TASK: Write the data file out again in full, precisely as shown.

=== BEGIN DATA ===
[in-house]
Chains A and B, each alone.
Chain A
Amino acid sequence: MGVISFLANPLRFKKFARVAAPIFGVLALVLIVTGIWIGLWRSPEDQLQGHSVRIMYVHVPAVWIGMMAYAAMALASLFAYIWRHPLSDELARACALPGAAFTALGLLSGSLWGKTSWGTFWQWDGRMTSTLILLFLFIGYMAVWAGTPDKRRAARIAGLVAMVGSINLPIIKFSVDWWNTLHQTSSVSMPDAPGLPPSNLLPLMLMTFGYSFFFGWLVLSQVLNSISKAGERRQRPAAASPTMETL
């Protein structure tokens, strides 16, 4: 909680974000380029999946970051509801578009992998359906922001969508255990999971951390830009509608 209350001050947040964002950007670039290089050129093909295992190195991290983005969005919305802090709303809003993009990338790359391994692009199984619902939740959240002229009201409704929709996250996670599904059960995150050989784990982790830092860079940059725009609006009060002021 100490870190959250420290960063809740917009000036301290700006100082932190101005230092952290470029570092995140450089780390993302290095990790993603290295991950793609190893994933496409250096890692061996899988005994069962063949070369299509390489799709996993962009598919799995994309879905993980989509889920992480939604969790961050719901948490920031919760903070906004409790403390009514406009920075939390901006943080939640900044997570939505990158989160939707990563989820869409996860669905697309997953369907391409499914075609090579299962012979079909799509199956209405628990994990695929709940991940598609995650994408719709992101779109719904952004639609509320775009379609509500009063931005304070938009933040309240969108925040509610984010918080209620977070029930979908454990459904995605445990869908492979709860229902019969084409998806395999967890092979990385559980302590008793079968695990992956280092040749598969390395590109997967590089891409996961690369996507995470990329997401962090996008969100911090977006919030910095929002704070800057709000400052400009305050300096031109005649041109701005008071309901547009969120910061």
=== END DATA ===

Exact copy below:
[in-house]
Chains A and B, each alone.
Chain A
Amino acid sequence: MGVISFLANPLRFKKFARVAAPIFGVLALVLIVTGIWIGLWRSPEDQLQGHSVRIMYVHVPAVWIGMMAYAAMALASLFAYIWRHPLSDELARACALPGAAFTALGLLSGSLWGKTSWGTFWQWDGRMTSTLILLFLFIGYMAVWAGTPDKRRAARIAGLVAMVGSINLPIIKFSVDWWNTLHQTSSVSMPDAPGLPPSNLLPLMLMTFGYSFFFGWLVLSQVLNSISKAGERRQRPAAASPTMETL
């Protein structure tokens, strides 16, 4: 909680974000380029999946970051509801578009992998359906922001969508255990999971951390830009509608 209350001050947040964002950007670039290089050129093909295992190195991290983005969005919305802090709303809003993009990338790359391994692009199984619902939740959240002229009201409704929709996250996670599904059960995150050989784990982790830092860079940059725009609006009060002021 100490870190959250420290960063809740917009000036301290700006100082932190101005230092952290470029570092995140450089780390993302290095990790993603290295991950793609190893994933496409250096890692061996899988005994069962063949070369299509390489799709996993962009598919799995994309879905993980989509889920992480939604969790961050719901948490920031919760903070906004409790403390009514406009920075939390901006943080939640900044997570939505990158989160939707990563989820869409996860669905697309997953369907391409499914075609090579299962012979079909799509199956209405628990994990695929709940991940598609995650994408719709992101779109719904952004639609509320775009379609509500009063931005304070938009933040309240969108925040509610984010918080209620977070029930979908454990459904995605445990869908492979709860229902019969084409998806395999967890092979990385559980302590008793079968695990992956280092040749598969390395590109997967590089891409996961690369996507995470990329997401962090996008969100911090977006919030910095929002704070800057709000400052400009305050300096031109005649041109701005008071309901547009969120910061």